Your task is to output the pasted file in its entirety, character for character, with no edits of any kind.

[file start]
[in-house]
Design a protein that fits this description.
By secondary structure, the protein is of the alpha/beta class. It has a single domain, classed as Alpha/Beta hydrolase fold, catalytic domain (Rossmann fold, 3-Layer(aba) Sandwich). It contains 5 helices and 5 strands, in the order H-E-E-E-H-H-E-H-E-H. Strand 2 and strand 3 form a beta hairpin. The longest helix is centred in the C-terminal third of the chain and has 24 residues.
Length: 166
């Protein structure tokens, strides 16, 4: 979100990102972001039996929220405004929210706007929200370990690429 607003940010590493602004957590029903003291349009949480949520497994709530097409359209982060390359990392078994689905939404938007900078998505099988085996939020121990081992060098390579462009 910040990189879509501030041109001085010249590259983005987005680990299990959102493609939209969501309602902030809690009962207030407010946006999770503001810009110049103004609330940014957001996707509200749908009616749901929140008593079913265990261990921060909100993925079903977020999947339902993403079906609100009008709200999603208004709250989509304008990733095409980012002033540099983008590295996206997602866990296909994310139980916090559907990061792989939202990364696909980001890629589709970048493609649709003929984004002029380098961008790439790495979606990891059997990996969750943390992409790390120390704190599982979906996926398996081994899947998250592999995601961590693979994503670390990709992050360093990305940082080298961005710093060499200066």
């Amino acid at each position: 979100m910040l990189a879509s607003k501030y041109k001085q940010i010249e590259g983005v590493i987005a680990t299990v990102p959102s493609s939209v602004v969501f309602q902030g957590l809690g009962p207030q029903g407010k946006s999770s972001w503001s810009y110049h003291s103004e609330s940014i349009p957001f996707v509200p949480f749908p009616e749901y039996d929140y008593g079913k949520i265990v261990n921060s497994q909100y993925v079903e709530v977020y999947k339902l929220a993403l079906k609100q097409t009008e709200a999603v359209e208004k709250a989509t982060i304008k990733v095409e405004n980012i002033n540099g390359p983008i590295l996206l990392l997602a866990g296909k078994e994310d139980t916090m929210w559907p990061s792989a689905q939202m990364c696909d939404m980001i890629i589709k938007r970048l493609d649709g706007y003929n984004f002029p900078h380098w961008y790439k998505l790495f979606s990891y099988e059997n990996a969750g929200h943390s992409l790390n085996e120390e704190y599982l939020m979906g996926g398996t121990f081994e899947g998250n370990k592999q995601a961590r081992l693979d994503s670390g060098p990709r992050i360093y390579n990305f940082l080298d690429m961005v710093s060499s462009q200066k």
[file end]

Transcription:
[in-house]
Design a protein that fits this description.
By secondary structure, the protein is of the alpha/beta class. It has a single domain, classed as Alpha/Beta hydrolase fold, catalytic domain (Rossmann fold, 3-Layer(aba) Sandwich). It contains 5 helices and 5 strands, in the order H-E-E-E-H-H-E-H-E-H. Strand 2 and strand 3 form a beta hairpin. The longest helix is centred in the C-terminal third of the chain and has 24 residues.
Length: 166
């Protein structure tokens, strides 16, 4: 979100990102972001039996929220405004929210706007929200370990690429 607003940010590493602004957590029903003291349009949480949520497994709530097409359209982060390359990392078994689905939404938007900078998505099988085996939020121990081992060098390579462009 910040990189879509501030041109001085010249590259983005987005680990299990959102493609939209969501309602902030809690009962207030407010946006999770503001810009110049103004609330940014957001996707509200749908009616749901929140008593079913265990261990921060909100993925079903977020999947339902993403079906609100009008709200999603208004709250989509304008990733095409980012002033540099983008590295996206997602866990296909994310139980916090559907990061792989939202990364696909980001890629589709970048493609649709003929984004002029380098961008790439790495979606990891059997990996969750943390992409790390120390704190599982979906996926398996081994899947998250592999995601961590693979994503670390990709992050360093990305940082080298961005710093060499200066």
């Amino acid at each position: 979100m910040l990189a879509s607003k501030y041109k001085q940010i010249e590259g983005v590493i987005a680990t299990v990102p959102s493609s939209v602004v969501f309602q902030g957590l809690g009962p207030q029903g407010k946006s999770s972001w503001s810009y110049h003291s103004e609330s940014i349009p957001f996707v509200p949480f749908p009616e749901y039996d929140y008593g079913k949520i265990v261990n921060s497994q909100y993925v079903e709530v977020y999947k339902l929220a993403l079906k609100q097409t009008e709200a999603v359209e208004k709250a989509t982060i304008k990733v095409e405004n980012i002033n540099g390359p983008i590295l996206l990392l997602a866990g296909k078994e994310d139980t916090m929210w559907p990061s792989a689905q939202m990364c696909d939404m980001i890629i589709k938007r970048l493609d649709g706007y003929n984004f002029p900078h380098w961008y790439k998505l790495f979606s990891y099988e059997n990996a969750g929200h943390s992409l790390n085996e120390e704190y599982l939020m979906g996926g398996t121990f081994e899947g998250n370990k592999q995601a961590r081992l693979d994503s670390g060098p990709r992050i360093y390579n990305f940082l080298d690429m961005v710093s060499s462009q200066k």